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Top ten ethical blunders

Rather than address the causes for ethical problems, companies too often simply create a filter for trying to catch infractions. This reactive approach failed in addressing total quality, and will fail in addressing quality in ethical orientation.

We now have over twenty years of experience with formal ethics structures in business. By and large these have become one-dimensional programs for delivering compliance, with very little impact on actual business strategy or corporate culture. Enron was touted as a paragon of ethical practices even while its executives plundered shareholder value, and its employees adopted ever more ruthless personnel policies. It is important to realize that such failures are not simply from rejecting ethics, but rather from misapplying them.

The Wrong Way to Strive For The Right Thing

In many ways the whole business ethics culture is at fault. Voluntary codes are not rigorous enough. Structures like ethics or integrity offices have become largely legal services grappling with compliance. Rarely do Boards or strategic planners accord ethics the serious consideration given to finance or marketing. And whistle-blowing systems have been adopted without protecting those who take the risk to do the blowing. Business ethics too often pivot on a business case: tolerated for contributing to reputation or protecting against fines, but considered optional if there is a cost to ethical adherence.  

The most common mistakes are in the most common practices:

  1. Adopting formal codes as a tactic rather than as a strategy, assuming rules will catch mistakes rather than addressing the underlying beliefs, motivations and culture.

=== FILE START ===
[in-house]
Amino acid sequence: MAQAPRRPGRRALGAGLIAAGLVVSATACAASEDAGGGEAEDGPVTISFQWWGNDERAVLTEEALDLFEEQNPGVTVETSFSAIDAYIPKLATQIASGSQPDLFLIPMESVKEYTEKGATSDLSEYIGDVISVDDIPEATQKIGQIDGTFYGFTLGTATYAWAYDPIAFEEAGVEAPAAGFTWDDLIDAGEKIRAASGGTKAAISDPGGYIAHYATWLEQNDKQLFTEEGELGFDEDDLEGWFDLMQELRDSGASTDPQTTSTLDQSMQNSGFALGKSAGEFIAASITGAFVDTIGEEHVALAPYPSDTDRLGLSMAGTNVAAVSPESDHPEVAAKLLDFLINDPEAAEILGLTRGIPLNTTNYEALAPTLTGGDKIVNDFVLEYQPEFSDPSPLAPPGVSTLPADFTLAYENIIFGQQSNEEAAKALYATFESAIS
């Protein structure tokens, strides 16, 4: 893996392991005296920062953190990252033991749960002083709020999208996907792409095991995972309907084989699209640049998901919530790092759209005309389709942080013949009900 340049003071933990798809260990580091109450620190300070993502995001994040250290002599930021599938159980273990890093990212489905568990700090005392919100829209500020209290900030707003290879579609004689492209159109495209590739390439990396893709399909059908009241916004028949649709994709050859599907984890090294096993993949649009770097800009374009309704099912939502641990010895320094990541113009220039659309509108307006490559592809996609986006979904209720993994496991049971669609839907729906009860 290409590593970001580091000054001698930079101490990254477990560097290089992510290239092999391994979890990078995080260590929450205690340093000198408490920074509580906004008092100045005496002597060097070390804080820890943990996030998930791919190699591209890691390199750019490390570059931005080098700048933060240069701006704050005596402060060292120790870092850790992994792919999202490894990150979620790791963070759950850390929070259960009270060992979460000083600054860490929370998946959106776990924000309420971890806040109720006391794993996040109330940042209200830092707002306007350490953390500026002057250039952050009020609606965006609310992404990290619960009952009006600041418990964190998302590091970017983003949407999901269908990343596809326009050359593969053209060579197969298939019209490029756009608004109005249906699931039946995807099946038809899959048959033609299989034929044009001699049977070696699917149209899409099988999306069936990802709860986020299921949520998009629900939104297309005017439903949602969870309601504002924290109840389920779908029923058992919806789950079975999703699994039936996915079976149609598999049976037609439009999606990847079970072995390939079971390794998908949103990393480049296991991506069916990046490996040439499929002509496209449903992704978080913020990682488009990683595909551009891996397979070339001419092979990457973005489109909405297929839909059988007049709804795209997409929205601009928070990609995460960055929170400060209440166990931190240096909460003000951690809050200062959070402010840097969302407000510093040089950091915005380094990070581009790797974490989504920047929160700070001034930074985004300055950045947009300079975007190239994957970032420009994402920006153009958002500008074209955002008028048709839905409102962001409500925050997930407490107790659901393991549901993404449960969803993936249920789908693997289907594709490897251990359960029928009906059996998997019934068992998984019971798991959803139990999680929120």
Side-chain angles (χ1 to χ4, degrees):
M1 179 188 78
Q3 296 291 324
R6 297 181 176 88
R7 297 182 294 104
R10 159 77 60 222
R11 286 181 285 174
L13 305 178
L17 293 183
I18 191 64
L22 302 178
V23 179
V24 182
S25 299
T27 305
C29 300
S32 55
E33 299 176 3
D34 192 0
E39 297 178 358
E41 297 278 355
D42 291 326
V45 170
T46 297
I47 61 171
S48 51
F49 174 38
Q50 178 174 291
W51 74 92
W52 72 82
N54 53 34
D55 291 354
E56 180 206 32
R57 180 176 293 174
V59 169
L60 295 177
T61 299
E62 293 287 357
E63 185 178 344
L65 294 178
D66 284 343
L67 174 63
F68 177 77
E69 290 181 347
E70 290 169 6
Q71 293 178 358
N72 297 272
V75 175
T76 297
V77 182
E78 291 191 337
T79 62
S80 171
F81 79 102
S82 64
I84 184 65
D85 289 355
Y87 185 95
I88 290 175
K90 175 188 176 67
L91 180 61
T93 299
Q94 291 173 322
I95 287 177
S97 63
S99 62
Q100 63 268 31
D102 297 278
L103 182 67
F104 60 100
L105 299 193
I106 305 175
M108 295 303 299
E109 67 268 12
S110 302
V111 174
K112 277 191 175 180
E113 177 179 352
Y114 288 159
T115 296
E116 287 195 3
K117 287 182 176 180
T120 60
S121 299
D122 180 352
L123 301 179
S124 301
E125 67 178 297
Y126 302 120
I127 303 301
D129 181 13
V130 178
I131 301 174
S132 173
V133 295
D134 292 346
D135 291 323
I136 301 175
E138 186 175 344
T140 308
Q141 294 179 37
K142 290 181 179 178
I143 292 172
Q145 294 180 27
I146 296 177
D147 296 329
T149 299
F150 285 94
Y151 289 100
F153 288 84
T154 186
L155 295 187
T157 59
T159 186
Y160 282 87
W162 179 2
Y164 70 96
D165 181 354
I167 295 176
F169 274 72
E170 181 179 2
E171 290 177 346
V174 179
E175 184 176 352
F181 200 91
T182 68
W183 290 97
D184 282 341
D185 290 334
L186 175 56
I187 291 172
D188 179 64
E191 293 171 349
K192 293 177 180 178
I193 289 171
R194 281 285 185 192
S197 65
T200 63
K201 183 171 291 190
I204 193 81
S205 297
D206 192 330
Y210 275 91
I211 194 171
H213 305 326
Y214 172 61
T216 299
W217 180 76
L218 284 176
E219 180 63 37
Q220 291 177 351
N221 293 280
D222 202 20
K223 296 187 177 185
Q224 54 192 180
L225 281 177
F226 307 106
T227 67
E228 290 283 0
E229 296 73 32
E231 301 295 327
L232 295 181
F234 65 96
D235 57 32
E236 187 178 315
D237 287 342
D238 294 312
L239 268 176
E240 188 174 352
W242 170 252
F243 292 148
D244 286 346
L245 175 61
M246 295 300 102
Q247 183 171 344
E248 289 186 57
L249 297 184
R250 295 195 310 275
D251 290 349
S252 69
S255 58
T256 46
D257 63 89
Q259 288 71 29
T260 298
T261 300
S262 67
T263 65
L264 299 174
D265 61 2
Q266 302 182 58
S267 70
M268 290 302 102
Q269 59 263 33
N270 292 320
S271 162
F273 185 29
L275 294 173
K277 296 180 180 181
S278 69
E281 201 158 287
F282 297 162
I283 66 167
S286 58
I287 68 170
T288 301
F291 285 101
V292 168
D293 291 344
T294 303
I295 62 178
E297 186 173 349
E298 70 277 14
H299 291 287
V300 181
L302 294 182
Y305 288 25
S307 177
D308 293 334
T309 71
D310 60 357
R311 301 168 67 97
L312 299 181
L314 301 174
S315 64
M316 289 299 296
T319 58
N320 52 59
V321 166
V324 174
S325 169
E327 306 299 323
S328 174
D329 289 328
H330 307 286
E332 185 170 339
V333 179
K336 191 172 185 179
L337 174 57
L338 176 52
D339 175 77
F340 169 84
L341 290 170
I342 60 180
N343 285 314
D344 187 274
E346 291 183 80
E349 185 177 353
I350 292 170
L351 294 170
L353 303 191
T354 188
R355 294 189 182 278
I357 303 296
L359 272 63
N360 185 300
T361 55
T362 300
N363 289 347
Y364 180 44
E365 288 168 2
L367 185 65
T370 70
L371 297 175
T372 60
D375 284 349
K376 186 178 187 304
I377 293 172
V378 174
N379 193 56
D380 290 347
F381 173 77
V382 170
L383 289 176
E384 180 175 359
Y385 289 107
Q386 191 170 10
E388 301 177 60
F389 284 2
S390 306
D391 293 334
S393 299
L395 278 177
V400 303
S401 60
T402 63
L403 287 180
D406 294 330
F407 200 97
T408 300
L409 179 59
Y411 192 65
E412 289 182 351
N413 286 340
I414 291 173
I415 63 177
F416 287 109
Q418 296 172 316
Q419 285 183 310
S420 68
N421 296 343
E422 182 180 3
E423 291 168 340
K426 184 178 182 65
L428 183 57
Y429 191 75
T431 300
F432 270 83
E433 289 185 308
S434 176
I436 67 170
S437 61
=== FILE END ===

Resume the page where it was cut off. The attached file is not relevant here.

2. Managing ethics as a legal or PR variable rather than creating an operational culture that invites the hard questions and uncertainties of moral dialogue.
  3. Instituting systems of accountability to more clearly assign blame rather than to give more depth to the fiduciary duties for care, answerability and due-diligence.
  4. Defining ethics principles as a top-down or internal exercise rather than by means of a dialogue with stakeholders, critics and those impacted by corporate activities.
  5. Assuming that generic terms are enough to inspire employee adherence rather than interacting with them to discover the precise implications for values, attitudes and behaviours.
  6. Downloading ethical responsibility on employees as a parallel deliverable to business results without providing the tools, skills or leadership for effectively managing the conflicting objectives or ambiguities.
  7. Introducing whistle-blowing structures without creating the culture that supports dissent and rewards those who take stands based on ethical principles.
  8. Making ethical commitments without introducing the hard measures for evaluating and tracking the specific dimensions of trust and integrity.
  9. Embracing ethics programs during crisis or scrutiny without unlearning the habits and values that contributed to impropriety in the first place.
  10. Regarding ethics as a binary option without realizing that it is actually a process of constructive and iterative transformation that actually extends and enhances strategy. 



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